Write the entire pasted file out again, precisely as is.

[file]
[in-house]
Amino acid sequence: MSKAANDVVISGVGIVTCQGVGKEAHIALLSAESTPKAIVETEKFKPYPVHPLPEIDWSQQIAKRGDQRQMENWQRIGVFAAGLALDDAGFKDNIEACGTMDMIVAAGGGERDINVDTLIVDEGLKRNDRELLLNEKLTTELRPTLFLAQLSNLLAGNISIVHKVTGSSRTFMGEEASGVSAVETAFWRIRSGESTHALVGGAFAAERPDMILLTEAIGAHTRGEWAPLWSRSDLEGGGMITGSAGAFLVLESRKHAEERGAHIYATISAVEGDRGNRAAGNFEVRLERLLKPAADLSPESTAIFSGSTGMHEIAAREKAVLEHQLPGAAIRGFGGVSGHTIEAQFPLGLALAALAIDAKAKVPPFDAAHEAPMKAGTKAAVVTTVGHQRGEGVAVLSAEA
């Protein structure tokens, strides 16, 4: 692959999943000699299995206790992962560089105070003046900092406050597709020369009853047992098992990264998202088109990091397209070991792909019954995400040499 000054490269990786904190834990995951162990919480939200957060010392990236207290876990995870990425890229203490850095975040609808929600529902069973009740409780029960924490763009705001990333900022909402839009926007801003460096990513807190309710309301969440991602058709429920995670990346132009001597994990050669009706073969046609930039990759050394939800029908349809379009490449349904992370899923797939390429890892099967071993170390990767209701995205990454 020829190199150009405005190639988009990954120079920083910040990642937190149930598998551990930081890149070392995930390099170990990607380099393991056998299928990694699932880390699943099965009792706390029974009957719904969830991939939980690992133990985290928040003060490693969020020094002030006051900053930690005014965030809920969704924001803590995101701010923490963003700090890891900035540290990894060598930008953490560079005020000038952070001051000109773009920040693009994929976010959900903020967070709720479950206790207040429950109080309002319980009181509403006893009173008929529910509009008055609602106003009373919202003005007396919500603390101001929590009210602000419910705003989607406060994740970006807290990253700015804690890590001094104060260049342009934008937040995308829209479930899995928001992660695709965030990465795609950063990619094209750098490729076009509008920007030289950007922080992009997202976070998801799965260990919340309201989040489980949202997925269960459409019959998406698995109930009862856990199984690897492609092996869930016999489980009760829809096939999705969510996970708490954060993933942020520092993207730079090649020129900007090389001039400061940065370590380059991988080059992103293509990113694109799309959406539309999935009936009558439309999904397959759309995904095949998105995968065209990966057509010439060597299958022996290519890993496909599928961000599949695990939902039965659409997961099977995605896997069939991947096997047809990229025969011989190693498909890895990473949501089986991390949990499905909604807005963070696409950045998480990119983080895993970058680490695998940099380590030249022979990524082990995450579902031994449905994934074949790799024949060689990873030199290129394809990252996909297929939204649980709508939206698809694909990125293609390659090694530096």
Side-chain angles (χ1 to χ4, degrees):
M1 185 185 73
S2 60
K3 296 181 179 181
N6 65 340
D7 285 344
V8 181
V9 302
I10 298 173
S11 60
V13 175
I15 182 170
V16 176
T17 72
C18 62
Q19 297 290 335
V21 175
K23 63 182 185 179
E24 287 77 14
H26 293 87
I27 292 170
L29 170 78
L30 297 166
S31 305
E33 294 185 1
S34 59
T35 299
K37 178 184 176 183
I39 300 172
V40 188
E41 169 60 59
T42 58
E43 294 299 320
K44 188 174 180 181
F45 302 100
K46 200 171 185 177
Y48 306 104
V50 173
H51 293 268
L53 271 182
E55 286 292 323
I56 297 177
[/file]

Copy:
[in-house]
Amino acid sequence: MSKAANDVVISGVGIVTCQGVGKEAHIALLSAESTPKAIVETEKFKPYPVHPLPEIDWSQQIAKRGDQRQMENWQRIGVFAAGLALDDAGFKDNIEACGTMDMIVAAGGGERDINVDTLIVDEGLKRNDRELLLNEKLTTELRPTLFLAQLSNLLAGNISIVHKVTGSSRTFMGEEASGVSAVETAFWRIRSGESTHALVGGAFAAERPDMILLTEAIGAHTRGEWAPLWSRSDLEGGGMITGSAGAFLVLESRKHAEERGAHIYATISAVEGDRGNRAAGNFEVRLERLLKPAADLSPESTAIFSGSTGMHEIAAREKAVLEHQLPGAAIRGFGGVSGHTIEAQFPLGLALAALAIDAKAKVPPFDAAHEAPMKAGTKAAVVTTVGHQRGEGVAVLSAEA
């Protein structure tokens, strides 16, 4: 692959999943000699299995206790992962560089105070003046900092406050597709020369009853047992098992990264998202088109990091397209070991792909019954995400040499 000054490269990786904190834990995951162990919480939200957060010392990236207290876990995870990425890229203490850095975040609808929600529902069973009740409780029960924490763009705001990333900022909402839009926007801003460096990513807190309710309301969440991602058709429920995670990346132009001597994990050669009706073969046609930039990759050394939800029908349809379009490449349904992370899923797939390429890892099967071993170390990767209701995205990454 020829190199150009405005190639988009990954120079920083910040990642937190149930598998551990930081890149070392995930390099170990990607380099393991056998299928990694699932880390699943099965009792706390029974009957719904969830991939939980690992133990985290928040003060490693969020020094002030006051900053930690005014965030809920969704924001803590995101701010923490963003700090890891900035540290990894060598930008953490560079005020000038952070001051000109773009920040693009994929976010959900903020967070709720479950206790207040429950109080309002319980009181509403006893009173008929529910509009008055609602106003009373919202003005007396919500603390101001929590009210602000419910705003989607406060994740970006807290990253700015804690890590001094104060260049342009934008937040995308829209479930899995928001992660695709965030990465795609950063990619094209750098490729076009509008920007030289950007922080992009997202976070998801799965260990919340309201989040489980949202997925269960459409019959998406698995109930009862856990199984690897492609092996869930016999489980009760829809096939999705969510996970708490954060993933942020520092993207730079090649020129900007090389001039400061940065370590380059991988080059992103293509990113694109799309959406539309999935009936009558439309999904397959759309995904095949998105995968065209990966057509010439060597299958022996290519890993496909599928961000599949695990939902039965659409997961099977995605896997069939991947096997047809990229025969011989190693498909890895990473949501089986991390949990499905909604807005963070696409950045998480990119983080895993970058680490695998940099380590030249022979990524082990995450579902031994449905994934074949790799024949060689990873030199290129394809990252996909297929939204649980709508939206698809694909990125293609390659090694530096």
Side-chain angles (χ1 to χ4, degrees):
M1 185 185 73
S2 60
K3 296 181 179 181
N6 65 340
D7 285 344
V8 181
V9 302
I10 298 173
S11 60
V13 175
I15 182 170
V16 176
T17 72
C18 62
Q19 297 290 335
V21 175
K23 63 182 185 179
E24 287 77 14
H26 293 87
I27 292 170
L29 170 78
L30 297 166
S31 305
E33 294 185 1
S34 59
T35 299
K37 178 184 176 183
I39 300 172
V40 188
E41 169 60 59
T42 58
E43 294 299 320
K44 188 174 180 181
F45 302 100
K46 200 171 185 177
Y48 306 104
V50 173
H51 293 268
L53 271 182
E55 286 292 323
I56 297 177